My Papa came back from the dead once. I was in high school, my junior year. (If I recall correctly), after an extended hospital stay due to complications from pneumonia he stopped breathing. His machines flat-lined. I was home sick from school that day, and my mom had gone to Norman to be with Papa. I called to ask her a question and she said, “He’s gone. Papa died.” I lost it, and told her I was coming down there. She didn’t fight me. On the way down I stopped by school to see my best friend Lauren and tell her my grandfather had died. I got her out of AP History, she held me while I cried. When I arrived, my Grandma was walking down the hospital hall carrying a toothbrush. She said, “Well, he’s alive again. He died, but he came back. I thought I killed him with my morning breath because I hadn’t brushed my teeth. I won’t let that happen again.” After over an hour of not breathing, and no sign of a pulse, the doctor came in to sign the death certificate. Out of nowhere, Papa commenced to breathe, and his heart started beating again.
I’ve never really understood this story. Because, whoa. But I can say there were some very shocked medical personnel at Norman Regional Hospital that day. In the months that followed, Papa rallied, but then began his final decline. We were at the lake over 4th of July weekend, when My Mom received a call from her sister Pat that she needed to come back right away. Papa was not doing well. I had a lot of friends with me that trip. I remember sitting in the large, open living room and crying with my friends, talking about mortality and God and family. I thought about my Mom racing home to be by her dad’s side. My girlfriends decided we should go out and be social to help get my mind off Papa. We primped up and headed to Spats, a local bar at the lake. You could safely say I was not the rebellious type, and this outing was way out of my comfort zone. I think the girls lured me there by saying we would just hang outside in the parking lot. Upon arrival however, they handed me my first fake ID. Sure, I could pass for my mid-twenties. Somehow, I actually did. My Dad told me to call and check in around 11 o’clock. I found my way to a phone booth in the back corner of the smoke-filled bar, and dialed the lake house number. When he answered I could hear a catch in his voice. Oh God, here it comes, I thought. He delivered the news, Papa was gone. This time he wasn’t coming back. I collapsed in tears, the stench of stale cigarettes and cheap beer permeating my senses. The music blared in the background, some terrible hit like “Unbelievable” drowning out my cries.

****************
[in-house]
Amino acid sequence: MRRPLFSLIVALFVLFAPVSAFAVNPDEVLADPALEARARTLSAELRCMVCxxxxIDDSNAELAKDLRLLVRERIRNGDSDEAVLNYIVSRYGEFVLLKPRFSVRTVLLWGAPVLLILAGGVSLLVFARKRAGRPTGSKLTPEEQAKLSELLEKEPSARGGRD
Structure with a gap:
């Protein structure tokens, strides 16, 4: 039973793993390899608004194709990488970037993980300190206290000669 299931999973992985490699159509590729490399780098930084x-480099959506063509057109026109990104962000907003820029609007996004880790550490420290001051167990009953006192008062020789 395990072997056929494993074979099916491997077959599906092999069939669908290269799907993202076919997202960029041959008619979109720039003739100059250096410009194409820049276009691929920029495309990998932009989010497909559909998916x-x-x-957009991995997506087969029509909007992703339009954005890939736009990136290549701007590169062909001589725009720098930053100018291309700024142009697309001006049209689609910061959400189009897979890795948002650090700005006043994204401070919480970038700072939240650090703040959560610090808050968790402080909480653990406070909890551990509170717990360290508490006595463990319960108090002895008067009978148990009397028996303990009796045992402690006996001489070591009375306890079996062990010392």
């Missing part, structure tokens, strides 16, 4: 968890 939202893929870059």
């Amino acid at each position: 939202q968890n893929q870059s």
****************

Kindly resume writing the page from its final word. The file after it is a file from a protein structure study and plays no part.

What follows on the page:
I could tell you all sorts of details about who Papa was: A WWII veteran hero, an engineer, a distinguished professor, a cigar smoking poker player, a paraplegic, and innovator. He had a wry smile and a wicked sense of humor. When at the age of 50, he was suddenly paralyzed during an operation, he faced his future with strength, courage and determination. He made a way where there wasn’t one before. I never once heard him complain. I could tell you how portions of the city of Norman and the OU campus are handicap accessible because of what a valued member of the community he was. I could tell all sorts of truths, but the most important was how he loved us. There are not many relationships in life where you can say without hesitation, I never once questioned his love for me. He was my hero. A part of my heart died that day. The 5th of July, 1991.